—I recently returned from leading a 3-day training for 35 peer mental health workers in Alaska on healing emotional trauma. The training drew on my studies in somatic psychotherapy, process oriented psychology, meditation, and dance, as well as my own healing experience.
My workshop was experimental and wove together basic ideas from trauma theory and process work into simple and useful tools.
On April 19 14 people joined me for a presentation at the Process Work Institute in Portland to report back on the Alaska training and have a collaborative dialog on how to use Process Work concepts for teaching a broad audience about trauma.
(I left out the discussion part of the audio recording of the presentation to be sensitive to the personal disclosure in the group.)
Some of the things we covered in the training were:
- working with the felt sense in the body as a counterbalance to dissociation
- a somatic model of trauma based in the work of Peter Levine and Pat Ogden
- how this model converges with and differs from process work
multiple levels of the brain as a way to understand traumatic experience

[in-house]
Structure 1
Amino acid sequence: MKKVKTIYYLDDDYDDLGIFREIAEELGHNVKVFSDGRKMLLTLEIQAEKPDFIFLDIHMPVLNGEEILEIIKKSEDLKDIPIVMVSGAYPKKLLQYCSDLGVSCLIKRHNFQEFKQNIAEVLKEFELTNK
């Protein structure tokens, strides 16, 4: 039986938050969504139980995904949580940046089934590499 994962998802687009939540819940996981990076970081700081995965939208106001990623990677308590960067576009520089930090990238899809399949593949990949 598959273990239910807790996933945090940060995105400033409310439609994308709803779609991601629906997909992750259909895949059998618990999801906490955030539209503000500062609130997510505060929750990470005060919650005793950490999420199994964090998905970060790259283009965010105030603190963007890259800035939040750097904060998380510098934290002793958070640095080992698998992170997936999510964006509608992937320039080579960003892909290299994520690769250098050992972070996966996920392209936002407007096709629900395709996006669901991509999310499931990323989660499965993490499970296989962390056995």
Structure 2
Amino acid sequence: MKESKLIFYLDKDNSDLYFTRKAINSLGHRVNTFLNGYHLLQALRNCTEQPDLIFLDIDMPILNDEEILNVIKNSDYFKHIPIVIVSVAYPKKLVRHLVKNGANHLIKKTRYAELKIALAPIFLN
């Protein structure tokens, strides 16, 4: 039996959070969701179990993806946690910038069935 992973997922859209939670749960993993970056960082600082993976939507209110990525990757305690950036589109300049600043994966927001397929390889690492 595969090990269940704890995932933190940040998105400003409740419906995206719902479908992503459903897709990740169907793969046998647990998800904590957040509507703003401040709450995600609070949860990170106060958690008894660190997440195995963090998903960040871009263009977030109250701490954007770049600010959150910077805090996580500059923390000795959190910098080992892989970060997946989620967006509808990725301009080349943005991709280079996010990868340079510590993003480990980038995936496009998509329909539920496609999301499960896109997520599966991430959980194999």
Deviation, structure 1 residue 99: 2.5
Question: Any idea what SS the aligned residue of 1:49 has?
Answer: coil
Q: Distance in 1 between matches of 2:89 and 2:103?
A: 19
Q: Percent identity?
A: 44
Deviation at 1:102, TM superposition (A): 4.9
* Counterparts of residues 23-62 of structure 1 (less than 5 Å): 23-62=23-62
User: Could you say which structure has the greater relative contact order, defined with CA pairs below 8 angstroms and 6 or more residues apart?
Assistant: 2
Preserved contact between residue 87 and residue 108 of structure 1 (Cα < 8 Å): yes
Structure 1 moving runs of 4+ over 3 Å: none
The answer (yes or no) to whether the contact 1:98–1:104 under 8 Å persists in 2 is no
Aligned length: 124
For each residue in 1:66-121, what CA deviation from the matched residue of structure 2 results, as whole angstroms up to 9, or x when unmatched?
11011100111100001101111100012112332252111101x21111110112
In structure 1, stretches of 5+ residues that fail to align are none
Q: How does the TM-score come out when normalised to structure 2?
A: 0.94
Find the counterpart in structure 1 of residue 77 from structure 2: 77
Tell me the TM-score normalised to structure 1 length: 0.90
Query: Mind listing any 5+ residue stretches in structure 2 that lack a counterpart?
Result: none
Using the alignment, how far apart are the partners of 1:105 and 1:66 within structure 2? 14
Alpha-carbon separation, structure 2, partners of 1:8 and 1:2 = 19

- intrusive memories as organismic attempts to complete and resolve trapped traumatic energy
- exploring how trauma survivors lose the capacity to say “no”
- supporting a congruent “yes” in the person we are supporting
- how to strengthen our sense of grounding and resourcing in our bodies before we explore trauma
- adding felt sense and grounding awareness to active listening skills in helping others
- contacting proprioceptive trauma memories creatively to “melt” dissociation
- using the ‘magical helper’ exercise without retraumatizing or overwhelming
- the force behind trauma pushing transformation and new identity
Handouts, slides, and resources for the training are found on my website, willhall.net especially books by Peter Levine, Judith Herman, and Pat Ogden, as well as Arnold Mindell.
Listen to the presentation below: